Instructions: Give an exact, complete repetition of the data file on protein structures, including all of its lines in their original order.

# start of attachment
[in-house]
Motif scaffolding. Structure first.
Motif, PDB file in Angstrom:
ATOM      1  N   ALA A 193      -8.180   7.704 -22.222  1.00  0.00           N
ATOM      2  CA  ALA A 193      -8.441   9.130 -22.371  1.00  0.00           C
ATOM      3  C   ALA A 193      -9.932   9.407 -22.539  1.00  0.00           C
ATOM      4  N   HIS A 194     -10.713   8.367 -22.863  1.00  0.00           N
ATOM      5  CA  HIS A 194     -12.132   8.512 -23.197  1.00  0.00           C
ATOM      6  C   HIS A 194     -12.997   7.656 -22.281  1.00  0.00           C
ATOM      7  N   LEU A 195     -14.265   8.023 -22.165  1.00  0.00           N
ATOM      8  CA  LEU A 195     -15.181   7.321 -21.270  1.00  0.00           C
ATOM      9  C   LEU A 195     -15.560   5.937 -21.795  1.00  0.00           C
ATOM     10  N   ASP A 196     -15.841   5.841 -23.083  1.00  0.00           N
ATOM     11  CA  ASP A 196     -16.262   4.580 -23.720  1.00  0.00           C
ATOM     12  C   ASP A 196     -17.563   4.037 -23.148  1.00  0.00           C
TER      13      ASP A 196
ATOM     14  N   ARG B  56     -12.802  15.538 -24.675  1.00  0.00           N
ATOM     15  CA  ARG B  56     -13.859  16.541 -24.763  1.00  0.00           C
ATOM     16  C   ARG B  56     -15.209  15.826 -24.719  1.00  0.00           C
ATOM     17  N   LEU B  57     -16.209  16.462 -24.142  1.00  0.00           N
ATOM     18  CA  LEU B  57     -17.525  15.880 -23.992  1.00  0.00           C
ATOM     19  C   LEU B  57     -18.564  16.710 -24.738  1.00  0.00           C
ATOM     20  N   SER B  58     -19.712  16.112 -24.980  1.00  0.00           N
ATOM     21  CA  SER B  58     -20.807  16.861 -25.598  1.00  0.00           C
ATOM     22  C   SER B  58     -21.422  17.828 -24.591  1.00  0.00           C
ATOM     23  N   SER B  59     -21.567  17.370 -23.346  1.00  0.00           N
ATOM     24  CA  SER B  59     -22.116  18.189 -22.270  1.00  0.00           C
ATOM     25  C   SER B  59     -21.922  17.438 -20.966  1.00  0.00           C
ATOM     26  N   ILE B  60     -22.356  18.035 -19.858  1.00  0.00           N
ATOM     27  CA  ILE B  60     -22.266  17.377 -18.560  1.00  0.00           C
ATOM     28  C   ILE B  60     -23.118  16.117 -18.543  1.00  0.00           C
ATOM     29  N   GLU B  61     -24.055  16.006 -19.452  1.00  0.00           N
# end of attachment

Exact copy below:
[in-house]
Motif scaffolding. Structure first.
Motif, PDB file in Angstrom:
ATOM      1  N   ALA A 193      -8.180   7.704 -22.222  1.00  0.00           N
ATOM      2  CA  ALA A 193      -8.441   9.130 -22.371  1.00  0.00           C
ATOM      3  C   ALA A 193      -9.932   9.407 -22.539  1.00  0.00           C
ATOM      4  N   HIS A 194     -10.713   8.367 -22.863  1.00  0.00           N
ATOM      5  CA  HIS A 194     -12.132   8.512 -23.197  1.00  0.00           C
ATOM      6  C   HIS A 194     -12.997   7.656 -22.281  1.00  0.00           C
ATOM      7  N   LEU A 195     -14.265   8.023 -22.165  1.00  0.00           N
ATOM      8  CA  LEU A 195     -15.181   7.321 -21.270  1.00  0.00           C
ATOM      9  C   LEU A 195     -15.560   5.937 -21.795  1.00  0.00           C
ATOM     10  N   ASP A 196     -15.841   5.841 -23.083  1.00  0.00           N
ATOM     11  CA  ASP A 196     -16.262   4.580 -23.720  1.00  0.00           C
ATOM     12  C   ASP A 196     -17.563   4.037 -23.148  1.00  0.00           C
TER      13      ASP A 196
ATOM     14  N   ARG B  56     -12.802  15.538 -24.675  1.00  0.00           N
ATOM     15  CA  ARG B  56     -13.859  16.541 -24.763  1.00  0.00           C
ATOM     16  C   ARG B  56     -15.209  15.826 -24.719  1.00  0.00           C
ATOM     17  N   LEU B  57     -16.209  16.462 -24.142  1.00  0.00           N
ATOM     18  CA  LEU B  57     -17.525  15.880 -23.992  1.00  0.00           C
ATOM     19  C   LEU B  57     -18.564  16.710 -24.738  1.00  0.00           C
ATOM     20  N   SER B  58     -19.712  16.112 -24.980  1.00  0.00           N
ATOM     21  CA  SER B  58     -20.807  16.861 -25.598  1.00  0.00           C
ATOM     22  C   SER B  58     -21.422  17.828 -24.591  1.00  0.00           C
ATOM     23  N   SER B  59     -21.567  17.370 -23.346  1.00  0.00           N
ATOM     24  CA  SER B  59     -22.116  18.189 -22.270  1.00  0.00           C
ATOM     25  C   SER B  59     -21.922  17.438 -20.966  1.00  0.00           C
ATOM     26  N   ILE B  60     -22.356  18.035 -19.858  1.00  0.00           N
ATOM     27  CA  ILE B  60     -22.266  17.377 -18.560  1.00  0.00           C
ATOM     28  C   ILE B  60     -23.118  16.117 -18.543  1.00  0.00           C
ATOM     29  N   GLU B  61     -24.055  16.006 -19.452  1.00  0.00           N